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How key states plan to secure their capital buildings ahead of possible armed pro-Trump protests



(CNN) States across the country are stepping up security at their capital buildings ahead of what the FBI has warned that “armed protests” are planned in all 50 capitals.

An internal FBI bulletin obtained by CNN warns that armed protests are planned at the state capitals from Saturday until at least the inauguration day next Wednesday. The bulletin also suggests that there are threats of a “revolt” if Trump is removed before then.

A complicated concern is that the FBI̵

7;s bulletin was not published, but was leaked to journalists. Federal law enforcement has not yet held a press conference describing the Capitol attack or planning to secure the inauguration of President-elect Joe Biden. And the purge of Twitter and Facebook accounts that promote violent protests has made it difficult for the public to understand the scale of the problem.

The astonishing warning, just days after a pro-Trump mob forcibly took over the U.S. Capitol, is pushing states to increase security in the event of a similar such attack on state capitals. Although many capitals are closed due to coronavirus restrictions, the warnings are particularly poignant in states that allow people to openly carry firearms or those where President Trump has wrongly claimed fraud.

Here’s a look at how several states at the center of Trump’s false allegations of fraud are preparing:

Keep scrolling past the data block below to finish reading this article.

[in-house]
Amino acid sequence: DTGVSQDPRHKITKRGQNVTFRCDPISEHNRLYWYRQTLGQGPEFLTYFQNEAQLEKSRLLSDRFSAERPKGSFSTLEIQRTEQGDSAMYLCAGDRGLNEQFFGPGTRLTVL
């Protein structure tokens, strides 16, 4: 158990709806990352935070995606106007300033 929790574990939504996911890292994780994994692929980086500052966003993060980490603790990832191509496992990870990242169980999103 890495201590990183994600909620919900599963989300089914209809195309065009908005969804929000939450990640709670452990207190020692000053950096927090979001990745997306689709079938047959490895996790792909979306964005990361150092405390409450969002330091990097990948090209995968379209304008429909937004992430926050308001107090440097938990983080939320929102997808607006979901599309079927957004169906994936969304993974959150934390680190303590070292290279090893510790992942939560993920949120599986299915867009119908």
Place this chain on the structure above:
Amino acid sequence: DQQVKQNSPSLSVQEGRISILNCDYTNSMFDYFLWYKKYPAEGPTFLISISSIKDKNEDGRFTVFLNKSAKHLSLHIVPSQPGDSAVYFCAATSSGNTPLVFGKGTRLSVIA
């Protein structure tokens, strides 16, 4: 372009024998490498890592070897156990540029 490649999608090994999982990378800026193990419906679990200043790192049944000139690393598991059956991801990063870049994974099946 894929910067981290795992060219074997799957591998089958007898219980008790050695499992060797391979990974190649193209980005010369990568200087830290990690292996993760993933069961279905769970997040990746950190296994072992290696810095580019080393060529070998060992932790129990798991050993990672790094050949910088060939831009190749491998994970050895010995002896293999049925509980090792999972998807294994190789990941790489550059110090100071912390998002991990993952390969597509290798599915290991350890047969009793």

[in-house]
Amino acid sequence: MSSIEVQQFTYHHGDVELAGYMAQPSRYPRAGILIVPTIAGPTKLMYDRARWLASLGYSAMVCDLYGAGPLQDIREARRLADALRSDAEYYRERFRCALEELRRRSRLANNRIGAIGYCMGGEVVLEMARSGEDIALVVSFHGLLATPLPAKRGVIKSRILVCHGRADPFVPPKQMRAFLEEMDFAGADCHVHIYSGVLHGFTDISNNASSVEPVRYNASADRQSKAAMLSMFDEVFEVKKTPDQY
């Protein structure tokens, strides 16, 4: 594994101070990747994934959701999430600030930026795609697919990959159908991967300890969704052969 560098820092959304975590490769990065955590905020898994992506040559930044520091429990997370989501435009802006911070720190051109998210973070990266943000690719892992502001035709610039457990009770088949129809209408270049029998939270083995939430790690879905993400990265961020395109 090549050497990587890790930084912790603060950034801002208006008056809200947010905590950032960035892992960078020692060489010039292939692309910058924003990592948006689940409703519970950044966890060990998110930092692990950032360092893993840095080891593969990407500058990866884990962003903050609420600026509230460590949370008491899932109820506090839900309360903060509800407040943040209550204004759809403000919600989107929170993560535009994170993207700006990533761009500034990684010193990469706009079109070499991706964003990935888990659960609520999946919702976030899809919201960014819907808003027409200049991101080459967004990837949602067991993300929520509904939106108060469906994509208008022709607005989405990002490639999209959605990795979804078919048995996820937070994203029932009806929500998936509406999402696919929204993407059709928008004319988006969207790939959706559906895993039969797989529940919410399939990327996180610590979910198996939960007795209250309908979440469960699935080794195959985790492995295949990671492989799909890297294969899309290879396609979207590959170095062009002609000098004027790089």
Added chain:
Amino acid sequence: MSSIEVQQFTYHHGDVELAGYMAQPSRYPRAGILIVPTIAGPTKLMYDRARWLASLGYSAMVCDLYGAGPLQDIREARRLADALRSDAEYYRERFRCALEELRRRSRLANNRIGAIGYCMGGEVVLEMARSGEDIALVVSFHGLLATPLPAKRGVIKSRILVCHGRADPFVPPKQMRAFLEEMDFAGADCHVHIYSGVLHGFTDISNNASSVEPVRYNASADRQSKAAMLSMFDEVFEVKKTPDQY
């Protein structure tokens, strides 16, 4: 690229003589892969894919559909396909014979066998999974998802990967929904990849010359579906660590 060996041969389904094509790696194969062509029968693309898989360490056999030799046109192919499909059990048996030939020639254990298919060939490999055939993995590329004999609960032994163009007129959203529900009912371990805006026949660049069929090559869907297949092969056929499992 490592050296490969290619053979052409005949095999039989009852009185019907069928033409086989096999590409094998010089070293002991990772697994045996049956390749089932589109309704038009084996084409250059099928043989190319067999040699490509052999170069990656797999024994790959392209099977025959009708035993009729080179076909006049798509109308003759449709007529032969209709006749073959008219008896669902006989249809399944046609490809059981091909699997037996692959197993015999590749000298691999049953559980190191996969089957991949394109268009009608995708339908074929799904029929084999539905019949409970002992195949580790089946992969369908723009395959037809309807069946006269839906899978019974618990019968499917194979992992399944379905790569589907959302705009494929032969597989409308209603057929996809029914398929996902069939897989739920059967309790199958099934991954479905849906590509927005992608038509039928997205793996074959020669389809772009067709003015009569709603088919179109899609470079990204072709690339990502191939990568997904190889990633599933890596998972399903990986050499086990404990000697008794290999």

Michigan bans open-carry at the Capitol

Protesters carrying weapons gathered at the Michigan Capitol on May 14, 2020 in Lansing, Michigan.

In Michigan, the state Capitol Commission openly banned the transportation of firearms inside the state Capitol building in Lansing from Monday.

The move was a response to the U.S. Capitol uprising as well as the spring events, in which heavily armed protesters rallied inside the Capitol state to protest pandemic-related lockdowns. In addition, Gov. Gretchen Whitmer, a Democrat, the target of an alleged domestic terror conspiracy by members of right-wing militia groups.

However, the policy change only affects public areas inside the building and does not change policy on the Capitol site, nor does it prohibit licensed concealed gun carriers that comply with state laws, under Commission policy.

“The Capitol Commission’s action to ban open arms at the Capitol is a good start, but more action is needed,” Whitmer said in a statement Monday.